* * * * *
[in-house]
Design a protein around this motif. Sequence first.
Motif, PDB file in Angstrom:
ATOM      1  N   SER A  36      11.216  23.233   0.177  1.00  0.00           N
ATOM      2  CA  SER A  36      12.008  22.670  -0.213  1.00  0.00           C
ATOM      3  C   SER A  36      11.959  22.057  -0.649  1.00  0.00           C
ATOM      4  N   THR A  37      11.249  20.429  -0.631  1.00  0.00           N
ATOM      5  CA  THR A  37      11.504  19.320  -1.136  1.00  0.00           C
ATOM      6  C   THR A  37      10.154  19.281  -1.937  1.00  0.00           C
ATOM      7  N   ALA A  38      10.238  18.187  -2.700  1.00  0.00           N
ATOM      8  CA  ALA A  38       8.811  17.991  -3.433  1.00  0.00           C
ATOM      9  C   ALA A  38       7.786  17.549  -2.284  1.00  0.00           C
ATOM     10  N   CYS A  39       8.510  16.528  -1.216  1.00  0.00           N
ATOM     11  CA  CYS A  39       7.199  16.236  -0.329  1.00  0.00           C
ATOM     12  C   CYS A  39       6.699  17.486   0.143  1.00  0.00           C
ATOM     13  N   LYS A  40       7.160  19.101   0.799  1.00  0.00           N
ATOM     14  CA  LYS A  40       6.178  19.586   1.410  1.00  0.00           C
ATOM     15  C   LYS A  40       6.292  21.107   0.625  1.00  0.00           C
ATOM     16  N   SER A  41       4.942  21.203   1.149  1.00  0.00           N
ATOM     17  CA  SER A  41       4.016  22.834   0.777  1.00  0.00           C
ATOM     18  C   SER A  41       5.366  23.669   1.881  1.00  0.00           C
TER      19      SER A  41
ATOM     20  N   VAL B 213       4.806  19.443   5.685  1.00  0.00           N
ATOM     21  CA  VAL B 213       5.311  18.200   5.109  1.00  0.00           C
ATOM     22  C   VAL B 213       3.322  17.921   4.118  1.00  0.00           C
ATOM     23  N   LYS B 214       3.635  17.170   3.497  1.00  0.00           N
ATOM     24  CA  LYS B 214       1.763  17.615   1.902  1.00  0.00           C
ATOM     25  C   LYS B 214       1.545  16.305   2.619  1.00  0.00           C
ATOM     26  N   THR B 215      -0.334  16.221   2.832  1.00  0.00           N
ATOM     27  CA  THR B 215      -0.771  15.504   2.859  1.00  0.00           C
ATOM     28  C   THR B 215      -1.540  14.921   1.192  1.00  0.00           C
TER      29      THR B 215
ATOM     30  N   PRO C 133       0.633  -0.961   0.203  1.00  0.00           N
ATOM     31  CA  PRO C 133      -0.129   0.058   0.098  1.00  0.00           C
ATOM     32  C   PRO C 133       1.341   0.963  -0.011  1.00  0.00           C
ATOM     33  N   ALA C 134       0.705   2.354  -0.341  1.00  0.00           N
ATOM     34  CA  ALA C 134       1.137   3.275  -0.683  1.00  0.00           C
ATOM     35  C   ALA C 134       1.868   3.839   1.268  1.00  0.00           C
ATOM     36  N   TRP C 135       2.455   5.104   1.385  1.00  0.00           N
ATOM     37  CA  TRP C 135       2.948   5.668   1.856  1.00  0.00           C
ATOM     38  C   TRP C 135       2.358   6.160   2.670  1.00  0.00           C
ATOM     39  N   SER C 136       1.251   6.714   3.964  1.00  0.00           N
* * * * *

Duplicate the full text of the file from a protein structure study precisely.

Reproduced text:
[in-house]
Design a protein around this motif. Sequence first.
Motif, PDB file in Angstrom:
ATOM      1  N   SER A  36      11.216  23.233   0.177  1.00  0.00           N
ATOM      2  CA  SER A  36      12.008  22.670  -0.213  1.00  0.00           C
ATOM      3  C   SER A  36      11.959  22.057  -0.649  1.00  0.00           C
ATOM      4  N   THR A  37      11.249  20.429  -0.631  1.00  0.00           N
ATOM      5  CA  THR A  37      11.504  19.320  -1.136  1.00  0.00           C
ATOM      6  C   THR A  37      10.154  19.281  -1.937  1.00  0.00           C
ATOM      7  N   ALA A  38      10.238  18.187  -2.700  1.00  0.00           N
ATOM      8  CA  ALA A  38       8.811  17.991  -3.433  1.00  0.00           C
ATOM      9  C   ALA A  38       7.786  17.549  -2.284  1.00  0.00           C
ATOM     10  N   CYS A  39       8.510  16.528  -1.216  1.00  0.00           N
ATOM     11  CA  CYS A  39       7.199  16.236  -0.329  1.00  0.00           C
ATOM     12  C   CYS A  39       6.699  17.486   0.143  1.00  0.00           C
ATOM     13  N   LYS A  40       7.160  19.101   0.799  1.00  0.00           N
ATOM     14  CA  LYS A  40       6.178  19.586   1.410  1.00  0.00           C
ATOM     15  C   LYS A  40       6.292  21.107   0.625  1.00  0.00           C
ATOM     16  N   SER A  41       4.942  21.203   1.149  1.00  0.00           N
ATOM     17  CA  SER A  41       4.016  22.834   0.777  1.00  0.00           C
ATOM     18  C   SER A  41       5.366  23.669   1.881  1.00  0.00           C
TER      19      SER A  41
ATOM     20  N   VAL B 213       4.806  19.443   5.685  1.00  0.00           N
ATOM     21  CA  VAL B 213       5.311  18.200   5.109  1.00  0.00           C
ATOM     22  C   VAL B 213       3.322  17.921   4.118  1.00  0.00           C
ATOM     23  N   LYS B 214       3.635  17.170   3.497  1.00  0.00           N
ATOM     24  CA  LYS B 214       1.763  17.615   1.902  1.00  0.00           C
ATOM     25  C   LYS B 214       1.545  16.305   2.619  1.00  0.00           C
ATOM     26  N   THR B 215      -0.334  16.221   2.832  1.00  0.00           N
ATOM     27  CA  THR B 215      -0.771  15.504   2.859  1.00  0.00           C
ATOM     28  C   THR B 215      -1.540  14.921   1.192  1.00  0.00           C
TER      29      THR B 215
ATOM     30  N   PRO C 133       0.633  -0.961   0.203  1.00  0.00           N
ATOM     31  CA  PRO C 133      -0.129   0.058   0.098  1.00  0.00           C
ATOM     32  C   PRO C 133       1.341   0.963  -0.011  1.00  0.00           C
ATOM     33  N   ALA C 134       0.705   2.354  -0.341  1.00  0.00           N
ATOM     34  CA  ALA C 134       1.137   3.275  -0.683  1.00  0.00           C
ATOM     35  C   ALA C 134       1.868   3.839   1.268  1.00  0.00           C
ATOM     36  N   TRP C 135       2.455   5.104   1.385  1.00  0.00           N
ATOM     37  CA  TRP C 135       2.948   5.668   1.856  1.00  0.00           C
ATOM     38  C   TRP C 135       2.358   6.160   2.670  1.00  0.00           C
ATOM     39  N   SER C 136       1.251   6.714   3.964  1.00  0.00           N